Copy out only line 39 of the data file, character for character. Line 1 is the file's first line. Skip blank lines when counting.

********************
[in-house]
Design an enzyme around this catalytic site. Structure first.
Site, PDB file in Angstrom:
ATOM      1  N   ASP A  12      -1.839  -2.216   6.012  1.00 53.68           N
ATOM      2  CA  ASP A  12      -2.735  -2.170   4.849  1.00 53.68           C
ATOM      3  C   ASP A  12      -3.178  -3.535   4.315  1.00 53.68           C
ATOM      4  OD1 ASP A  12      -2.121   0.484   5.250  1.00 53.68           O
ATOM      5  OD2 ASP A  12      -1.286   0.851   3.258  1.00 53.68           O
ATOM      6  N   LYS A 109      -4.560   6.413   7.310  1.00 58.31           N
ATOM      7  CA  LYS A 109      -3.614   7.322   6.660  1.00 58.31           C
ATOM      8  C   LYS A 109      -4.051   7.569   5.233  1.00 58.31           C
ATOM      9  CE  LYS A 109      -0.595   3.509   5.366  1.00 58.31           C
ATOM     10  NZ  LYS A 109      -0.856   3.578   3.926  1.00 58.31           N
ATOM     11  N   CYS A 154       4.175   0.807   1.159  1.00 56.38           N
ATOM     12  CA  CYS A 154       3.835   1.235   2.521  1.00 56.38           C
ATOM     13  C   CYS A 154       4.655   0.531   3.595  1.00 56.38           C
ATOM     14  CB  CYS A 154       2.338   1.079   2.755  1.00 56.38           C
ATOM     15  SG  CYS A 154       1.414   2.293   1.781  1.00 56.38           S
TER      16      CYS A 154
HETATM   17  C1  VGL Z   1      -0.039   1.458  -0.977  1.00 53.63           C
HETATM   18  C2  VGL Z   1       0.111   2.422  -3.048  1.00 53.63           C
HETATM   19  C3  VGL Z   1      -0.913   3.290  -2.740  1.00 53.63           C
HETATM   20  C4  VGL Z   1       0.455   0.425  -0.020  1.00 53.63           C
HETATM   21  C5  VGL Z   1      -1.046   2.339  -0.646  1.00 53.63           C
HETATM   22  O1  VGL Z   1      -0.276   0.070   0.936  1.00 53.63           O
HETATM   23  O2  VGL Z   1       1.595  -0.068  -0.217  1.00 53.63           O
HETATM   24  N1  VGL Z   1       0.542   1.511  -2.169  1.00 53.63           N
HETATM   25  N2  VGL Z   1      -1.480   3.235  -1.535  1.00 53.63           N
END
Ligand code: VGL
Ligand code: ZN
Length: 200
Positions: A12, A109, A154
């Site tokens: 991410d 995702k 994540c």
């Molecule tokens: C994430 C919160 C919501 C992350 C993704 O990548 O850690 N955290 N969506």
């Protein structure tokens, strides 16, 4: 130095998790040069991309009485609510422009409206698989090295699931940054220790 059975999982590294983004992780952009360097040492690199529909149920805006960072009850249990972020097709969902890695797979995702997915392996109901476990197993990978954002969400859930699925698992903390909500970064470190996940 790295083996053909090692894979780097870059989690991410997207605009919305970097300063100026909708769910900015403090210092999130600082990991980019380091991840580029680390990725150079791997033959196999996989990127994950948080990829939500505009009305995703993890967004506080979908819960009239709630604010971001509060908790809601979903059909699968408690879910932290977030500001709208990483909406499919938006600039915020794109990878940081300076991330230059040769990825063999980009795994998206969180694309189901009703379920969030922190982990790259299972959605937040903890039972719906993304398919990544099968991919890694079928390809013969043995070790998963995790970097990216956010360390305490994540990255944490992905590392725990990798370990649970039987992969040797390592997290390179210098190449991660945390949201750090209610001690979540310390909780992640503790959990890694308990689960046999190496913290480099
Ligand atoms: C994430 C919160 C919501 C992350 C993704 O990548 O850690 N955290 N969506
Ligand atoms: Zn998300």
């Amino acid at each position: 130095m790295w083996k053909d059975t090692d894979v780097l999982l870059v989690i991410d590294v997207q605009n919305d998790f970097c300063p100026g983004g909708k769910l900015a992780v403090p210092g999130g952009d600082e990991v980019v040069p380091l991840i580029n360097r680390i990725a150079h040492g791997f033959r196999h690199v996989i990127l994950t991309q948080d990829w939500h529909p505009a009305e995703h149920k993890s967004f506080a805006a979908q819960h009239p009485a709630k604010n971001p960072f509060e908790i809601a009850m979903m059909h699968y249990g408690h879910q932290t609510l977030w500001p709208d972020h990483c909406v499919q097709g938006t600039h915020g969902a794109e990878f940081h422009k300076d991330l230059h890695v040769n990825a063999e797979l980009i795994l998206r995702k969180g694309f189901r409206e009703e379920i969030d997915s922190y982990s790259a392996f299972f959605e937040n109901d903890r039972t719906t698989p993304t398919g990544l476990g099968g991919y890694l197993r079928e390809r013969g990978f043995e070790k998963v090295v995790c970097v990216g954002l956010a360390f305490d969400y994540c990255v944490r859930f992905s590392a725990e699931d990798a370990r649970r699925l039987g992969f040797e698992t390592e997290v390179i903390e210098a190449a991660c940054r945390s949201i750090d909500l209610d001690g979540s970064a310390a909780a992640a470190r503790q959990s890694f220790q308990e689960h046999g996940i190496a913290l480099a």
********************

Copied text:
């Amino acid at each position: 130095m790295w083996k053909d059975t090692d894979v780097l999982l870059v989690i991410d590294v997207q605009n919305d998790f970097c300063p100026g983004g909708k769910l900015a992780v403090p210092g999130g952009d600082e990991v980019v040069p380091l991840i580029n360097r680390i990725a150079h040492g791997f033959r196999h690199v996989i990127l994950t991309q948080d990829w939500h529909p505009a009305e995703h149920k993890s967004f506080a805006a979908q819960h009239p009485a709630k604010n971001p960072f509060e908790i809601a009850m979903m059909h699968y249990g408690h879910q932290t609510l977030w500001p709208d972020h990483c909406v499919q097709g938006t600039h915020g969902a794109e990878f940081h422009k300076d991330l230059h890695v040769n990825a063999e797979l980009i795994l998206r995702k969180g694309f189901r409206e009703e379920i969030d997915s922190y982990s790259a392996f299972f959605e937040n109901d903890r039972t719906t698989p993304t398919g990544l476990g099968g991919y890694l197993r079928e390809r013969g990978f043995e070790k998963v090295v995790c970097v990216g954002l956010a360390f305490d969400y994540c990255v944490r859930f992905s590392a725990e699931d990798a370990r649970r699925l039987g992969f040797e698992t390592e997290v390179i903390e210098a190449a991660c940054r945390s949201i750090d909500l209610d001690g979540s970064a310390a909780a992640a470190r503790q959990s890694f220790q308990e689960h046999g996940i190496a913290l480099a």